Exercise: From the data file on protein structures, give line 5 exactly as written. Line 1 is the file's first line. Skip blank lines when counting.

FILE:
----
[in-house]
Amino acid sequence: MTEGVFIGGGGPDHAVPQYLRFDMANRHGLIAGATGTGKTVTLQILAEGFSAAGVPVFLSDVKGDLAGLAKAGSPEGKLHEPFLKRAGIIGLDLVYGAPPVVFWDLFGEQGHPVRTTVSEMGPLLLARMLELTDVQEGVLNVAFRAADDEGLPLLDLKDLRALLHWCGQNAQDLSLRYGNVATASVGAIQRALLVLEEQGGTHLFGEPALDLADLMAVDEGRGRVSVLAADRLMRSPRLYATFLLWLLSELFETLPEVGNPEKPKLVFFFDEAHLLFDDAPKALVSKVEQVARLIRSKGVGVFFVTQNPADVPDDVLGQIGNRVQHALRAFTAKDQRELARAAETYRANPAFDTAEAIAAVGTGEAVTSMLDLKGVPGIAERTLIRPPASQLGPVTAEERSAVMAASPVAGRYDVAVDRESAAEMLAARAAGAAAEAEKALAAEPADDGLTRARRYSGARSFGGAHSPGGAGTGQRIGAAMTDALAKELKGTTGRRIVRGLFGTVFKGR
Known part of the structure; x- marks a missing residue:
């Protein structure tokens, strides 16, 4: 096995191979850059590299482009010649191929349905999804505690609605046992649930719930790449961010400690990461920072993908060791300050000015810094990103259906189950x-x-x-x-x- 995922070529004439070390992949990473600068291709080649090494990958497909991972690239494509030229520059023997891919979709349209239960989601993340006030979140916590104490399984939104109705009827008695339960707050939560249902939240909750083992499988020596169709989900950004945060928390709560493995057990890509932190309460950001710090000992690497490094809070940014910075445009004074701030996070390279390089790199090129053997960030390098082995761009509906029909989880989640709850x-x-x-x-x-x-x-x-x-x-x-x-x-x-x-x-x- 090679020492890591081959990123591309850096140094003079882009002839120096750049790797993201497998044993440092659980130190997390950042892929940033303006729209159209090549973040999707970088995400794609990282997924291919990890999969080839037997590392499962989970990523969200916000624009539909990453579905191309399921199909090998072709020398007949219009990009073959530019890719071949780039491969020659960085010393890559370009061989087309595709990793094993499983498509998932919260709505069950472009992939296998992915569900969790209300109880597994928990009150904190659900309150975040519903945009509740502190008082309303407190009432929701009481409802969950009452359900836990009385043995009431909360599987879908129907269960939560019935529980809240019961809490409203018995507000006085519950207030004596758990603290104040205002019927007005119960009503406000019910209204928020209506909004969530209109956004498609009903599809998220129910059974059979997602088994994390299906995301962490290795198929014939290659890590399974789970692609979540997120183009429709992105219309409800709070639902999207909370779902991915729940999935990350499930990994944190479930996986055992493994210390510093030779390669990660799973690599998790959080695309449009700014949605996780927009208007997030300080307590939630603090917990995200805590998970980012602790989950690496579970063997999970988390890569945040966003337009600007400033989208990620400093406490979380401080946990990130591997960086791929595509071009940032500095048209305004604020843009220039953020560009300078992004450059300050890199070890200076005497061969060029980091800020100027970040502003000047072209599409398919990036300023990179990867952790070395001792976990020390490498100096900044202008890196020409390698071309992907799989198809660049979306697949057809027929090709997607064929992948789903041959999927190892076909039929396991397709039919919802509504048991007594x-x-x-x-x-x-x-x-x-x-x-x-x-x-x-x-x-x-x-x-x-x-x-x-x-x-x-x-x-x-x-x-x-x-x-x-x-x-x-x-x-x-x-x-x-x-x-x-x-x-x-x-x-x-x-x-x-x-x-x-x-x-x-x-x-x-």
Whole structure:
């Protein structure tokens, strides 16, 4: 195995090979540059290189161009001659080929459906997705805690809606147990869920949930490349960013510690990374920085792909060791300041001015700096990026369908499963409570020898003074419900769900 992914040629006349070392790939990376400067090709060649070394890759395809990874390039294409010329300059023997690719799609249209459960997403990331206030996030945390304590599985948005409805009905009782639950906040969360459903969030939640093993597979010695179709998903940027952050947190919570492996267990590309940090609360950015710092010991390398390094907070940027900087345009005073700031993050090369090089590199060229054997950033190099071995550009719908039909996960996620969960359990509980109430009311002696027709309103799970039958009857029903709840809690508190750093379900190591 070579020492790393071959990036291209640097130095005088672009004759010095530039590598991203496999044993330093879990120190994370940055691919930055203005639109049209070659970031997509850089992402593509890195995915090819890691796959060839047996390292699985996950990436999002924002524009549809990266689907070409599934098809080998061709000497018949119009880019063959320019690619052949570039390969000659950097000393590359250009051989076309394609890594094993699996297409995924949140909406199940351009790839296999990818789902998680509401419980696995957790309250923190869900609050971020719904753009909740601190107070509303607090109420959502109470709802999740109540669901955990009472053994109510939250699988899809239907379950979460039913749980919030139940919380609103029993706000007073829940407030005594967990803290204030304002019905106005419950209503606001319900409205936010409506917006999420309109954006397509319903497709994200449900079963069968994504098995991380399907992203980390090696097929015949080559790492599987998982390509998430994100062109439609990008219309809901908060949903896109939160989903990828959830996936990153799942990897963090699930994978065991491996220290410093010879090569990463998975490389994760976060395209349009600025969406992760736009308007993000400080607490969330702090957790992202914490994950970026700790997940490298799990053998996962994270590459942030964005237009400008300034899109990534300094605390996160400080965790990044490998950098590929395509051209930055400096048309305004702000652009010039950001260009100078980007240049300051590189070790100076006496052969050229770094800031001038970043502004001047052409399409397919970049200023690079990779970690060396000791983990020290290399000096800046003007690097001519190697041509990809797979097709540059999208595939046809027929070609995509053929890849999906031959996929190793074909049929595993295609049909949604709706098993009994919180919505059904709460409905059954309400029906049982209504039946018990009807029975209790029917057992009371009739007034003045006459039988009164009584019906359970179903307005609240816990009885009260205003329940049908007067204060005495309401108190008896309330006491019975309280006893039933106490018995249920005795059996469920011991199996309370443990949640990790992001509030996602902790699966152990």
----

Whole structure: